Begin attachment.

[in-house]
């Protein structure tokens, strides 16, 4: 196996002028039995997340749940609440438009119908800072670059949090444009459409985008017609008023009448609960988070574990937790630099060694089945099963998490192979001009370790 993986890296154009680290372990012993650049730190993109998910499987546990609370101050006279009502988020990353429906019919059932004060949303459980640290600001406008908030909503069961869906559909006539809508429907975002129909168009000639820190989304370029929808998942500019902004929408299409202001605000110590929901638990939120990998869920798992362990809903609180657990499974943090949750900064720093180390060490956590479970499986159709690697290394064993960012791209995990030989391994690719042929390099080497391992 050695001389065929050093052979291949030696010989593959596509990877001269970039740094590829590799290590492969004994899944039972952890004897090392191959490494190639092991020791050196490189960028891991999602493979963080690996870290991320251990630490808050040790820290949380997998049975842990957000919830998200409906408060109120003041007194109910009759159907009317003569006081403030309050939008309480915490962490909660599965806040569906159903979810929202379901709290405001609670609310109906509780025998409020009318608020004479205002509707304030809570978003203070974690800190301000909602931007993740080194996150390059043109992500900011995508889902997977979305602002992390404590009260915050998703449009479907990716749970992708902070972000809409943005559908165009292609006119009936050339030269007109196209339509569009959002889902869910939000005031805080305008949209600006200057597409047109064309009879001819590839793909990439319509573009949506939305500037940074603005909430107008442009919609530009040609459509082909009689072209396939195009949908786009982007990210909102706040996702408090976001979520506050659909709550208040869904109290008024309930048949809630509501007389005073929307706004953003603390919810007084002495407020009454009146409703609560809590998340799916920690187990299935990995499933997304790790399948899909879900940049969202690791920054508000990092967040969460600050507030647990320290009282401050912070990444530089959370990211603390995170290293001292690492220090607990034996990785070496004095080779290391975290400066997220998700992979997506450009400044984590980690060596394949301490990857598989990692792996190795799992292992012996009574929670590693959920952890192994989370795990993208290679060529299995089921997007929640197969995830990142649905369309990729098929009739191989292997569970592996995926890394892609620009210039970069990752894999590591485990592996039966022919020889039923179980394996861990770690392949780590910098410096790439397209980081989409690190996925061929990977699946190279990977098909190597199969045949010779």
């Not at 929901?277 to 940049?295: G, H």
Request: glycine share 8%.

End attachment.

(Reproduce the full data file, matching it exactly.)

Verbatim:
[in-house]
């Protein structure tokens, strides 16, 4: 196996002028039995997340749940609440438009119908800072670059949090444009459409985008017609008023009448609960988070574990937790630099060694089945099963998490192979001009370790 993986890296154009680290372990012993650049730190993109998910499987546990609370101050006279009502988020990353429906019919059932004060949303459980640290600001406008908030909503069961869906559909006539809508429907975002129909168009000639820190989304370029929808998942500019902004929408299409202001605000110590929901638990939120990998869920798992362990809903609180657990499974943090949750900064720093180390060490956590479970499986159709690697290394064993960012791209995990030989391994690719042929390099080497391992 050695001389065929050093052979291949030696010989593959596509990877001269970039740094590829590799290590492969004994899944039972952890004897090392191959490494190639092991020791050196490189960028891991999602493979963080690996870290991320251990630490808050040790820290949380997998049975842990957000919830998200409906408060109120003041007194109910009759159907009317003569006081403030309050939008309480915490962490909660599965806040569906159903979810929202379901709290405001609670609310109906509780025998409020009318608020004479205002509707304030809570978003203070974690800190301000909602931007993740080194996150390059043109992500900011995508889902997977979305602002992390404590009260915050998703449009479907990716749970992708902070972000809409943005559908165009292609006119009936050339030269007109196209339509569009959002889902869910939000005031805080305008949209600006200057597409047109064309009879001819590839793909990439319509573009949506939305500037940074603005909430107008442009919609530009040609459509082909009689072209396939195009949908786009982007990210909102706040996702408090976001979520506050659909709550208040869904109290008024309930048949809630509501007389005073929307706004953003603390919810007084002495407020009454009146409703609560809590998340799916920690187990299935990995499933997304790790399948899909879900940049969202690791920054508000990092967040969460600050507030647990320290009282401050912070990444530089959370990211603390995170290293001292690492220090607990034996990785070496004095080779290391975290400066997220998700992979997506450009400044984590980690060596394949301490990857598989990692792996190795799992292992012996009574929670590693959920952890192994989370795990993208290679060529299995089921997007929640197969995830990142649905369309990729098929009739191989292997569970592996995926890394892609620009210039970069990752894999590591485990592996039966022919020889039923179980394996861990770690392949780590910098410096790439397209980081989409690190996925061929990977699946190279990977098909190597199969045949010779």
């Not at 929901?277 to 940049?295: G, H």
Request: glycine share 8%.